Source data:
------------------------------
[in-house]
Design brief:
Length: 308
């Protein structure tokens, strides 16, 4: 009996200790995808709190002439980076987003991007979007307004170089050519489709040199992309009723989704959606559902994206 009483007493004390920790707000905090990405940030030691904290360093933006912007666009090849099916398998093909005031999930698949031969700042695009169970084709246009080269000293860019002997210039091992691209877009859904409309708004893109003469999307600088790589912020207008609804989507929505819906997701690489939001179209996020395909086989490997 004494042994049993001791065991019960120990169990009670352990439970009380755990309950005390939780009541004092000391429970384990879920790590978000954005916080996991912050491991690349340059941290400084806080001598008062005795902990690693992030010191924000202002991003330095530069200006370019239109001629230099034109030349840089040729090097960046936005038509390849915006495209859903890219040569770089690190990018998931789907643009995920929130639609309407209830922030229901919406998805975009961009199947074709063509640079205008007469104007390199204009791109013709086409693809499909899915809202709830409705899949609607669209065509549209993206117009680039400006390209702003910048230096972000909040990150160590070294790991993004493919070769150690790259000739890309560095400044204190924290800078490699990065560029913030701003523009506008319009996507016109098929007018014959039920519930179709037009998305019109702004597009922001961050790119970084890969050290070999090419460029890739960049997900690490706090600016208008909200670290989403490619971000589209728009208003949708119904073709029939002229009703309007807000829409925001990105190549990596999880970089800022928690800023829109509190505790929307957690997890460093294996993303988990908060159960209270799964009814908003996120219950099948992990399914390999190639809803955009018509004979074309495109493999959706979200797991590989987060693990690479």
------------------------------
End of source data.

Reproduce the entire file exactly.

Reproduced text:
[in-house]
Design brief:
Length: 308
């Protein structure tokens, strides 16, 4: 009996200790995808709190002439980076987003991007979007307004170089050519489709040199992309009723989704959606559902994206 009483007493004390920790707000905090990405940030030691904290360093933006912007666009090849099916398998093909005031999930698949031969700042695009169970084709246009080269000293860019002997210039091992691209877009859904409309708004893109003469999307600088790589912020207008609804989507929505819906997701690489939001179209996020395909086989490997 004494042994049993001791065991019960120990169990009670352990439970009380755990309950005390939780009541004092000391429970384990879920790590978000954005916080996991912050491991690349340059941290400084806080001598008062005795902990690693992030010191924000202002991003330095530069200006370019239109001629230099034109030349840089040729090097960046936005038509390849915006495209859903890219040569770089690190990018998931789907643009995920929130639609309407209830922030229901919406998805975009961009199947074709063509640079205008007469104007390199204009791109013709086409693809499909899915809202709830409705899949609607669209065509549209993206117009680039400006390209702003910048230096972000909040990150160590070294790991993004493919070769150690790259000739890309560095400044204190924290800078490699990065560029913030701003523009506008319009996507016109098929007018014959039920519930179709037009998305019109702004597009922001961050790119970084890969050290070999090419460029890739960049997900690490706090600016208008909200670290989403490619971000589209728009208003949708119904073709029939002229009703309007807000829409925001990105190549990596999880970089800022928690800023829109509190505790929307957690997890460093294996993303988990908060159960209270799964009814908003996120219950099948992990399914390999190639809803955009018509004979074309495109493999959706979200797991590989987060693990690479």